When Terrell Suggs went down with a mysterious torn Achille’s injury in April, it was the hottest story in the NFL. Contract negotiations, a bounty scandal, and a few bone-headed mistakes (cough-Detroit-cough) have since stolen the spotlight, but the topic is still piping hot as it pertains to the Baltimore Ravens’ IDP fantasy relevance. Some reports suggest that Suggs may miss the entire 2012 NFL season, while Suggs himself recently stated that he will be suiting up no later than November. Quite the time lapse, if you ask me. What we do know is that Suggs will almost certainly miss some game time. That being the case, there are a few aspects of the situation that directly affect the fantasy relevance of the Baltimore Ravens’ IDP studs.
Who fills in for Suggs?
It is nearly impossible to replace a player like Terrell Suggs, but the Ravens have no choice but to try. As of right now, they will look to Paul Kruger, a 4th year man out of Utah, to fill the pass-rushing void. Last year, Kruger had an overall pass rushing score of +12.1, which isn’t bad considering he was usually on the field for less than half of the defensive snaps. He finished the season with 15 tackles, 5.5 sacks, as well as 18 QB hurries. So we can see that Kruger was pretty productive when given the chance to perform. Only time will tell if he can handle the constant grind of being an NFL starter and prove himself fantasy relevant.
Pernell Mcphee is another guy that should help fill the void. He is a promising 2nd year player out of Mississippi State that had the 2nd highest sack total on the team last year with 6. He, too, was used sparingly and found a way to be productive and prove that he can be effective in the NFL. He made a name for himself very early on in the season, and he will have to overcome blocking schemes specifically aimed at limiting his effectiveness. The Ravens will more than likely use him to fill Suggs’ DE responsibilities. On the other side of the defense, Alabama rookie, Courtney Upshaw, will more than likely replace the departed Jarret Johnson at strong-side LB, who signed with the San Diego Chargers as a free agent. Upshaw has the physical attributes of a fantasy star (6’2” and 272 lbs.), and is made in the same mold as the man the Ravens are trying to replace. Terrell Suggs has been quoted as saying Upshaw is “ahead of where I was” as a rookie,” and that is good enough for me. It is only a matter of time before Upshaw becomes yet another dominant facet of the Ravens’ defense. Keep an eye on him and McPhee as they could provide great value in the later rounds of your draft.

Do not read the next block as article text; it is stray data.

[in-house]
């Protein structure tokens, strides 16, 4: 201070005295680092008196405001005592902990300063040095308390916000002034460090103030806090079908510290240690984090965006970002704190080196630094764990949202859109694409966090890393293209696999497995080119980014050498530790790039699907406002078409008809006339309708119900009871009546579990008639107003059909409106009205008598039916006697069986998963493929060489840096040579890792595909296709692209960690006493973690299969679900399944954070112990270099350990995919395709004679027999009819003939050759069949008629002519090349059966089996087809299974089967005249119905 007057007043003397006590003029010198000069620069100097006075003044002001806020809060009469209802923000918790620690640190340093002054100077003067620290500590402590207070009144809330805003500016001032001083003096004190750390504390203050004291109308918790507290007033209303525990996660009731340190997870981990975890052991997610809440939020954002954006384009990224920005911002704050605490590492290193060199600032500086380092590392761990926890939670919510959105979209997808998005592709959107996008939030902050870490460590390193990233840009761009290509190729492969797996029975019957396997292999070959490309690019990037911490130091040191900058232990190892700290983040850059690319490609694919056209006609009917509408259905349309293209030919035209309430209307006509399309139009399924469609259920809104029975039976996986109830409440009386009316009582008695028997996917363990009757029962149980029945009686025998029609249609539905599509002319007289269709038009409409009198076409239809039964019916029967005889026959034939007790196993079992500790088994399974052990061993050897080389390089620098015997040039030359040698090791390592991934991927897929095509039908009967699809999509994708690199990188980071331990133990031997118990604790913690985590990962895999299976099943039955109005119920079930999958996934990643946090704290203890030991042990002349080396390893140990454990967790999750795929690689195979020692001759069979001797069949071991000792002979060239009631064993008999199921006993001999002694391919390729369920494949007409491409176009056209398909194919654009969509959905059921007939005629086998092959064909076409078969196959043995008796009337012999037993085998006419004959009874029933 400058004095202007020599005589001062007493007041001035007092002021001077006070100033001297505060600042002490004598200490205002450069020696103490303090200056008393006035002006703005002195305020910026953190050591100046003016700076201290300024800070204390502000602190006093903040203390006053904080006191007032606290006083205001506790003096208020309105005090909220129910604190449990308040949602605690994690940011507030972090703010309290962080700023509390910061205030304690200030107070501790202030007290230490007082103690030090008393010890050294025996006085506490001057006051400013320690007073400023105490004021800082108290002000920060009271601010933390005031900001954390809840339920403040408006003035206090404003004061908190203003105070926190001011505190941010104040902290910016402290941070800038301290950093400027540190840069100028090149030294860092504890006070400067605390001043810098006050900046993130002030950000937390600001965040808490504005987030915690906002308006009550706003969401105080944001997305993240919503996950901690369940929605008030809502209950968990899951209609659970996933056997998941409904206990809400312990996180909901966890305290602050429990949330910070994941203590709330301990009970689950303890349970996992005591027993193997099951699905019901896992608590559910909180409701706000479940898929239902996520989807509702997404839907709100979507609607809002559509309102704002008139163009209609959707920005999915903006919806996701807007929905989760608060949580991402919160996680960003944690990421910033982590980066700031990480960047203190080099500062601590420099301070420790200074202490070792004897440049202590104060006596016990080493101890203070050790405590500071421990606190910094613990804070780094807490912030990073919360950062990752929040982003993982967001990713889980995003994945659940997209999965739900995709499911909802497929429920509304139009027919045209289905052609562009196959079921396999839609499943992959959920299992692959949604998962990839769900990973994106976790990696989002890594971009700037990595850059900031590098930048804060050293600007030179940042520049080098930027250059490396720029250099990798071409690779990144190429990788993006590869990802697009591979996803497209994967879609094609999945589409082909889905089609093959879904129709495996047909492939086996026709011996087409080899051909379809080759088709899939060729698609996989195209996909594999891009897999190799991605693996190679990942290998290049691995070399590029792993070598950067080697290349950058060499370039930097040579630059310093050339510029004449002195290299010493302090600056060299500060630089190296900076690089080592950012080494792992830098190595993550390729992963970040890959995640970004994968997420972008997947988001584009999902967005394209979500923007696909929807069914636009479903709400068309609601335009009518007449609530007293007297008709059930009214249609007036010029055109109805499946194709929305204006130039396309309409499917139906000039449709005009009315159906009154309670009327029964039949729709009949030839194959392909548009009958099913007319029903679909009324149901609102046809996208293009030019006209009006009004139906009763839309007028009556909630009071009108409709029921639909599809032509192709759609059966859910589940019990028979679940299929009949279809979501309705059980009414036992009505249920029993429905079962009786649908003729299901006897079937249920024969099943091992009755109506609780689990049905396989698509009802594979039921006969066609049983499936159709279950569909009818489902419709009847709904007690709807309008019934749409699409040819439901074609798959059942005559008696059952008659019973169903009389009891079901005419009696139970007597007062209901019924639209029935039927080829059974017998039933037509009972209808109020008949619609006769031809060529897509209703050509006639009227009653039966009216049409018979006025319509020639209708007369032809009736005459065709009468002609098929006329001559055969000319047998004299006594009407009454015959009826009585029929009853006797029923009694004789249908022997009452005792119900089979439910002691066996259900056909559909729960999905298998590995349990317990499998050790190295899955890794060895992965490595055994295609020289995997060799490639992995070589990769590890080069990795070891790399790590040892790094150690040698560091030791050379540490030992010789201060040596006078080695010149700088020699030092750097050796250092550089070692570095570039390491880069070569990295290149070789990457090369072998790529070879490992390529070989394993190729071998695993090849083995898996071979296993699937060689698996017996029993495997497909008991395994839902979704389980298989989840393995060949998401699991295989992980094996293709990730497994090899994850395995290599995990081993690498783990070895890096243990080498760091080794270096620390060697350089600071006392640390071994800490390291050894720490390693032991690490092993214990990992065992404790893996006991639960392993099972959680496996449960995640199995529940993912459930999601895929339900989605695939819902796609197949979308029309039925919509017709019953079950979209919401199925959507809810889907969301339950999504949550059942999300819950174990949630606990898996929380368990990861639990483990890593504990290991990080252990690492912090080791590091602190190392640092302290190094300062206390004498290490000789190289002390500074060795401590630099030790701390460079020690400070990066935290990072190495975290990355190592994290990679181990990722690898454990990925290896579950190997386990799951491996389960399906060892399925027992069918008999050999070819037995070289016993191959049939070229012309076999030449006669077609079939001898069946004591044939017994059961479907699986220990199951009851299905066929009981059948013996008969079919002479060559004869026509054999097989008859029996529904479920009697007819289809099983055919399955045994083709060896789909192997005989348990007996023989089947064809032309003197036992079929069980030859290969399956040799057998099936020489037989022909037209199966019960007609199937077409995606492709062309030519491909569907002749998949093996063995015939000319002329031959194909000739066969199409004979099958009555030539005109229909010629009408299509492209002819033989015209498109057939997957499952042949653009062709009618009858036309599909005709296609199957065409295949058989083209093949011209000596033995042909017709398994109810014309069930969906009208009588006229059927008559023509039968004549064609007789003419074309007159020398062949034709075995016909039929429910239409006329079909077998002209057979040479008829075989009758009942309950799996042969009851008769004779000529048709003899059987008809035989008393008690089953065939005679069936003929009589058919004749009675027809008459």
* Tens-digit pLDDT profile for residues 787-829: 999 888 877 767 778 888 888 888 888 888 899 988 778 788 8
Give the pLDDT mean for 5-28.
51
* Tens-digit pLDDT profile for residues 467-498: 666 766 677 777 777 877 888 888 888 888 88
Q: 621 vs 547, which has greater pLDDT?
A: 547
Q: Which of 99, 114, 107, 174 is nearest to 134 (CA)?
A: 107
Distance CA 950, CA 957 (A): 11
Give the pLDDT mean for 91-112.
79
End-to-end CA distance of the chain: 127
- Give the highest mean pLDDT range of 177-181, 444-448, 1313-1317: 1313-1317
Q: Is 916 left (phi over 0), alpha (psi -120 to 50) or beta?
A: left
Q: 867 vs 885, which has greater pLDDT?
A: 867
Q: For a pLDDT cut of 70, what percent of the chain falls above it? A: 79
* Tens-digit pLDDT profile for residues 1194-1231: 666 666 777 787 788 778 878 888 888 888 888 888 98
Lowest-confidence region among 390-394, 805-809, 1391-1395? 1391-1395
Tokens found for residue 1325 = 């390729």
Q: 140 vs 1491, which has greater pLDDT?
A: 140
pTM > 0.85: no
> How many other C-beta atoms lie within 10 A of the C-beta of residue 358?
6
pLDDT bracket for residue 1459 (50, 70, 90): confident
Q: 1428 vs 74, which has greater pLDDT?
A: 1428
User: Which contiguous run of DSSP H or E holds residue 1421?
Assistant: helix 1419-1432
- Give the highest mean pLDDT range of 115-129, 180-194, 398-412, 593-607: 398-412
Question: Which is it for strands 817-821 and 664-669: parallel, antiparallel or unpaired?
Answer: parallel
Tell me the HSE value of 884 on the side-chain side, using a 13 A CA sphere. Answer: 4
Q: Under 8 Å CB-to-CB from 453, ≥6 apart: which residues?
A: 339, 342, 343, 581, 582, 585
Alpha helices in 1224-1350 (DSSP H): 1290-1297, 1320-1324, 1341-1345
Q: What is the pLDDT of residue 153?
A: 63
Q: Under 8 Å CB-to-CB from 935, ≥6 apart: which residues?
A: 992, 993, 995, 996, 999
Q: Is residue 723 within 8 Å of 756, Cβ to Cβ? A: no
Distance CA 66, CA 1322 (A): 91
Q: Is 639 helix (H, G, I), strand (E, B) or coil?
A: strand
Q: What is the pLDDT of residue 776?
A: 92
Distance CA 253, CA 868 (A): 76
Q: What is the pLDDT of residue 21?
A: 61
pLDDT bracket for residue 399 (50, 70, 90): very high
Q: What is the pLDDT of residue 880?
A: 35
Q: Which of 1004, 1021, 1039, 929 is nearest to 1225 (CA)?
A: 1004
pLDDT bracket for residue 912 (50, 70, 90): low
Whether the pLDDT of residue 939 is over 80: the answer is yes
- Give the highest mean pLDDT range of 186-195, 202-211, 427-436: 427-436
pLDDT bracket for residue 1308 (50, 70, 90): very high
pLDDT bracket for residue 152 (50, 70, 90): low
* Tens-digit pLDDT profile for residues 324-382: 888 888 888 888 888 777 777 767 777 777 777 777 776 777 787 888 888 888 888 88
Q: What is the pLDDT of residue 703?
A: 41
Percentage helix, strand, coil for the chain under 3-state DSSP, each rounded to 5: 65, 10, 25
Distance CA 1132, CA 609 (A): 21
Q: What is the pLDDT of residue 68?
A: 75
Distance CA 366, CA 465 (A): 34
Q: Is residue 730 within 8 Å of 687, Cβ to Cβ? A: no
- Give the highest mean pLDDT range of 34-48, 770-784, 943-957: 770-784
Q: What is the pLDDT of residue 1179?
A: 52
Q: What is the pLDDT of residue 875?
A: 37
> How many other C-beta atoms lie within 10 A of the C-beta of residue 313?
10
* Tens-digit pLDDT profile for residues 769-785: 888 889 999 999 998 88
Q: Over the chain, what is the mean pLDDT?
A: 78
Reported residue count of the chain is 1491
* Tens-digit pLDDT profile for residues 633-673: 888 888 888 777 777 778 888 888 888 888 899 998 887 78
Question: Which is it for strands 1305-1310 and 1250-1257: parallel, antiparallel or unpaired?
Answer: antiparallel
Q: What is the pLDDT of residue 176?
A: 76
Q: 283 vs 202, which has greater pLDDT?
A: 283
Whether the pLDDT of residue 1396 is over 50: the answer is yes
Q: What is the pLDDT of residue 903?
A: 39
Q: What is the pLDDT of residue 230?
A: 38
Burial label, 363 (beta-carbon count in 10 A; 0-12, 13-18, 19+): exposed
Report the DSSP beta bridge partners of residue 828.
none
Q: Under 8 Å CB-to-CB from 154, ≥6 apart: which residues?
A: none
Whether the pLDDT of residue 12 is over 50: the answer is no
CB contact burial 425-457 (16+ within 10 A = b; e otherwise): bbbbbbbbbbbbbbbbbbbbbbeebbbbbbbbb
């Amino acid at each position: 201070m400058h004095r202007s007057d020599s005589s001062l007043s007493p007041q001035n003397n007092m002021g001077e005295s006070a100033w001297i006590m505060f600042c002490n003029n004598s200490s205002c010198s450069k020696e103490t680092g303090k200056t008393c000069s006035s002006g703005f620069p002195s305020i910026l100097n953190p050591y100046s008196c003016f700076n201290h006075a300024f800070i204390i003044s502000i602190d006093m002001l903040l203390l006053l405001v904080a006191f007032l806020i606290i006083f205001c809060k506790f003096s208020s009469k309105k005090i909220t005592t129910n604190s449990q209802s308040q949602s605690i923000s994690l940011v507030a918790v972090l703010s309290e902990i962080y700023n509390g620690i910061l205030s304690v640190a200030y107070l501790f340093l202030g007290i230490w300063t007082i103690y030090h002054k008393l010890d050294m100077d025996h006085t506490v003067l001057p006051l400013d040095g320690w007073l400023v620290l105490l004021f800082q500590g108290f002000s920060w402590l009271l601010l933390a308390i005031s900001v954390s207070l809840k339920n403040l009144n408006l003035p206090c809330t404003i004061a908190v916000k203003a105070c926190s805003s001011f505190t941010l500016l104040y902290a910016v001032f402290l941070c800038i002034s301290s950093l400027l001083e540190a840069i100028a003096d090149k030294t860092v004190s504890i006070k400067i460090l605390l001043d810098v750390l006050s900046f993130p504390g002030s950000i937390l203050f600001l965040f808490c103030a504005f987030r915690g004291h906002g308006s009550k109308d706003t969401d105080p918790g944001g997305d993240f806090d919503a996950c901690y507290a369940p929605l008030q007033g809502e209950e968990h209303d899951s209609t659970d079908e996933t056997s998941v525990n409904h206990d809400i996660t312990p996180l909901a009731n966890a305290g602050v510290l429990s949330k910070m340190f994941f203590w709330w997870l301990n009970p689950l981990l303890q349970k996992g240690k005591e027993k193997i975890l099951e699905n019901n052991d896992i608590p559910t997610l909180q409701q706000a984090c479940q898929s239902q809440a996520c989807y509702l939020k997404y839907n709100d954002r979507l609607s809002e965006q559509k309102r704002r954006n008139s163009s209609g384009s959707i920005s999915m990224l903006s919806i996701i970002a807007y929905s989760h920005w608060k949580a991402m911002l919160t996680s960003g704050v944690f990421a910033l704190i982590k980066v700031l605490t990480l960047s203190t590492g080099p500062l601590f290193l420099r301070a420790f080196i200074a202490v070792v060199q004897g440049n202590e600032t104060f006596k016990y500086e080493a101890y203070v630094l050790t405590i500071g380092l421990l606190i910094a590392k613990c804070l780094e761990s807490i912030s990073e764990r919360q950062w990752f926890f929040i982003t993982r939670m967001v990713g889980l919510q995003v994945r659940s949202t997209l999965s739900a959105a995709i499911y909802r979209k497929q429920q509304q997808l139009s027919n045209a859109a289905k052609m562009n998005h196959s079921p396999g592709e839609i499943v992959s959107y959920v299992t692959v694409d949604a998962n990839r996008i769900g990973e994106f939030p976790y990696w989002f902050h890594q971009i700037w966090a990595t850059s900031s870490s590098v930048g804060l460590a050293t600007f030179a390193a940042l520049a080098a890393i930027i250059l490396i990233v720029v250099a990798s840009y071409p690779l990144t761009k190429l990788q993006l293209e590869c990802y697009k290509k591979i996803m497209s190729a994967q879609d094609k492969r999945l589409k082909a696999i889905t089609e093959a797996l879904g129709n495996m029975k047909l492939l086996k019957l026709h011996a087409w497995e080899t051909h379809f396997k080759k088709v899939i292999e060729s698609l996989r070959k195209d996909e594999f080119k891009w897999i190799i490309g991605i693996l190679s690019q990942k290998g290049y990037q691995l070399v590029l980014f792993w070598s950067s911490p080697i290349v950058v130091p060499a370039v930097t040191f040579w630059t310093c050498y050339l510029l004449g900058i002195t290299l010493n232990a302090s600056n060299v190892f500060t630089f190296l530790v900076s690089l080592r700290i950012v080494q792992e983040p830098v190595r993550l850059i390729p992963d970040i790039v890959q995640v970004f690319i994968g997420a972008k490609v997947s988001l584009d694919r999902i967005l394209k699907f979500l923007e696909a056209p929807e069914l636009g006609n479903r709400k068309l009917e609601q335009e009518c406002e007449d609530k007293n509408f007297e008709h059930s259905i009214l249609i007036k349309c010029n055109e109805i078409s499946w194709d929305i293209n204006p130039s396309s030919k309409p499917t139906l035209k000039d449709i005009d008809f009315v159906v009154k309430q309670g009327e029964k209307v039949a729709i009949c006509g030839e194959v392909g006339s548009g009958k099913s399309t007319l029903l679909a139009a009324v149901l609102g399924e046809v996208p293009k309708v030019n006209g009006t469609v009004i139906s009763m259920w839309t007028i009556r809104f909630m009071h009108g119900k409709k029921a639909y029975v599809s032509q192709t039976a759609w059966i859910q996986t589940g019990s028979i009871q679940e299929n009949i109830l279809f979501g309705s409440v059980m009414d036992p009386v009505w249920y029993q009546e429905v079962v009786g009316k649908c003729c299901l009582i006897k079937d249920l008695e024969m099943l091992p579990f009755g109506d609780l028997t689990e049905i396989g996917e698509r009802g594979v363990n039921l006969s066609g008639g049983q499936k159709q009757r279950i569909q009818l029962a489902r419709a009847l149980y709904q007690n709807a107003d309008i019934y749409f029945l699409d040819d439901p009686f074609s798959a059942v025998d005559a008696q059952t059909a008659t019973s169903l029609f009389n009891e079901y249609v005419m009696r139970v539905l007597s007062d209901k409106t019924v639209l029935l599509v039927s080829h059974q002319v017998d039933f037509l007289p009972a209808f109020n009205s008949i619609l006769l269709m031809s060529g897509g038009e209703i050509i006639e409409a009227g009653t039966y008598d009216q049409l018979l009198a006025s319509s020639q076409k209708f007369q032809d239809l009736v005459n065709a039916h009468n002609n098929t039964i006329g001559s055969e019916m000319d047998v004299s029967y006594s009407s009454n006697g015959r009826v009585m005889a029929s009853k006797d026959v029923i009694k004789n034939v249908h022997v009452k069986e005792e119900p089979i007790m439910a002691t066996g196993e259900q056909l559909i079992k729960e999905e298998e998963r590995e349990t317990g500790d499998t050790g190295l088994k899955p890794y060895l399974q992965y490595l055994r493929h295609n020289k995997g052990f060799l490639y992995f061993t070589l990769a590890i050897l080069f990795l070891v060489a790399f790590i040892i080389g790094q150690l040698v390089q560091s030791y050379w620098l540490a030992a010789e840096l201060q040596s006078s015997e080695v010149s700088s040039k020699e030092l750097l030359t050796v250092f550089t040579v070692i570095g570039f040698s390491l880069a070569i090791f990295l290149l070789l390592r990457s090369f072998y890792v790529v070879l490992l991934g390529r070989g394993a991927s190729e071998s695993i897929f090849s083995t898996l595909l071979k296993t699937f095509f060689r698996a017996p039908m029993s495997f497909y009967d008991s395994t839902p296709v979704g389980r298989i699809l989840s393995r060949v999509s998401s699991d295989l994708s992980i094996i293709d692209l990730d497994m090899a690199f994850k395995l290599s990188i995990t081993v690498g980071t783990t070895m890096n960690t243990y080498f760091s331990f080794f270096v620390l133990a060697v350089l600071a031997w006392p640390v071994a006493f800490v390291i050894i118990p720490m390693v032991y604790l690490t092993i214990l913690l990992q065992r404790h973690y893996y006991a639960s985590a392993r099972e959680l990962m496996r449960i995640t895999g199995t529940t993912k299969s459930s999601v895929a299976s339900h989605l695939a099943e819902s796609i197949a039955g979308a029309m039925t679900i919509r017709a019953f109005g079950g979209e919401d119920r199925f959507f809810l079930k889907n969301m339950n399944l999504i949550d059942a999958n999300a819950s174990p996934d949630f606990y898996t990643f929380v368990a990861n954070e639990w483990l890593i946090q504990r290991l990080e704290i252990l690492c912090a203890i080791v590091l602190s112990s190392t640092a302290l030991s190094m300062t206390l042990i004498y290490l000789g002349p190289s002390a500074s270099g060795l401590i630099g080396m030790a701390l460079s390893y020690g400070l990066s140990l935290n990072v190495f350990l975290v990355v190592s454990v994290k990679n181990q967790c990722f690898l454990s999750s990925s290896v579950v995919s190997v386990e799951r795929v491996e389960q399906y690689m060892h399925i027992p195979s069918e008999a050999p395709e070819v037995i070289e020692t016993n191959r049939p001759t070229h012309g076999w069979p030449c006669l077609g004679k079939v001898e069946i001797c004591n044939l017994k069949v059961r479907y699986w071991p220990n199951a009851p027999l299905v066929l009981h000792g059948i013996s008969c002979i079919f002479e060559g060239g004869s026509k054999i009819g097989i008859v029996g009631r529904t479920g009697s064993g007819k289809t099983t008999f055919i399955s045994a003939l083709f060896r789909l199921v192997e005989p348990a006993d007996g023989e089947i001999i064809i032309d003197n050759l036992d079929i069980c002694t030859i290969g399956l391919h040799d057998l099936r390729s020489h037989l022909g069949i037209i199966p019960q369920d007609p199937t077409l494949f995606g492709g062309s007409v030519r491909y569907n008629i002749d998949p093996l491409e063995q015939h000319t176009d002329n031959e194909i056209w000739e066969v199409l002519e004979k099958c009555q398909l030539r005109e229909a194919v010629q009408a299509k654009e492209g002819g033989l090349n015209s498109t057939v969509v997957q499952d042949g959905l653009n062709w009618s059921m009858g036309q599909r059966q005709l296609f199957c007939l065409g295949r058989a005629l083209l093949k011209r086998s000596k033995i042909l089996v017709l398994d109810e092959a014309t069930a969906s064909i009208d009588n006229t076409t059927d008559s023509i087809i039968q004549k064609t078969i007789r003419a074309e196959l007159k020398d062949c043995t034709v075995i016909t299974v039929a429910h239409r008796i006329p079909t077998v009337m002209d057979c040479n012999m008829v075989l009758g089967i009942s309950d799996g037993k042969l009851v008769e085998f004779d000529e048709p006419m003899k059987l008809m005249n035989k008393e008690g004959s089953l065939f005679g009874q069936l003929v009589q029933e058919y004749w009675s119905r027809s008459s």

How will the Raven’s secondary respond?
An often-overlooked facet of the situation is the impact it will have on the Ravens’ secondary. It is no secret that Terrell Suggs has been one of the most relentless pass rushers in the NFL since being drafted in 2003. Last year alone, he had 14 of the Ravens’ 48 total sacks, equating to an impressive 29.1%. In comparison, no other player on the Ravens’ defense had more than 6. I think it’s safe to say that the Ravens’ pass rush will see a slight dip in the coming year. Without that extra push up front, the Ravens’ will have to rely more heavily on their secondary.
In Jeff Ratcliffe’s pre-season IDP projections, Ravens’ safety, Bernard Pollard, came in as the 7th best safety available (41st overall). Quarterbacks will have more time to throw on this year’s version of the Ravens’ defense, which may not be the best thing for Pollard’s fantasy numbers. He is a ‘run-first’ type defender who has no problem stepping into the hole and making a hit, exemplified by his overall grade of +2.4 for PFF Run Defense last season. At first glance, Pollard’s overall grade of +3.3 for PFF Pass Coverage last season seems to contradict the notion that he is not a very effective pass defender. A closer look, however, reveals the truth. After removing Pollard’s stellar scores of +1.2 (Week 7 vs. Jacksonville) and +2.4 (Week 14 vs. Indianapolis), Pollard is left with an overall score of -2.1. His range is definitely sub-par, and reports indicate that the Ravens are discussing replacing him in 3rd down passing situations. I still believe that Pollard will be a solid fantasy option. The man has a nose for the ball, and his tackling is solid enough that I think he will be fine in Suggs’ absence.
Lardarius Webb is another member of the Ravens secondary that offers some fantasy value. He is not the run-stopper that Pollard is, but he did enough to earn a PFF overall Run Defense score of +4.8 last season. He finished 2011 with a respectable 67 tackles. Webb’s pass coverage is very solid, earning an overall score of +19.0 last season. He, too, will be tested more as a result of Suggs’ injury. Unlike Pollard, however, I do not necessarily see this as a bad sign for Webb’s fantasy value. Webb is a very skilled CB that can only benefit from more opportunity. He had 3 playoff interceptions last year to go along with a career-high 5 regular season interceptions. As the season progressed, you could tell that quarterbacks were more and more reluctant to throw his way. When they did, he more than likely made them pay, allotting 20 pass deflections to go with his interception total.
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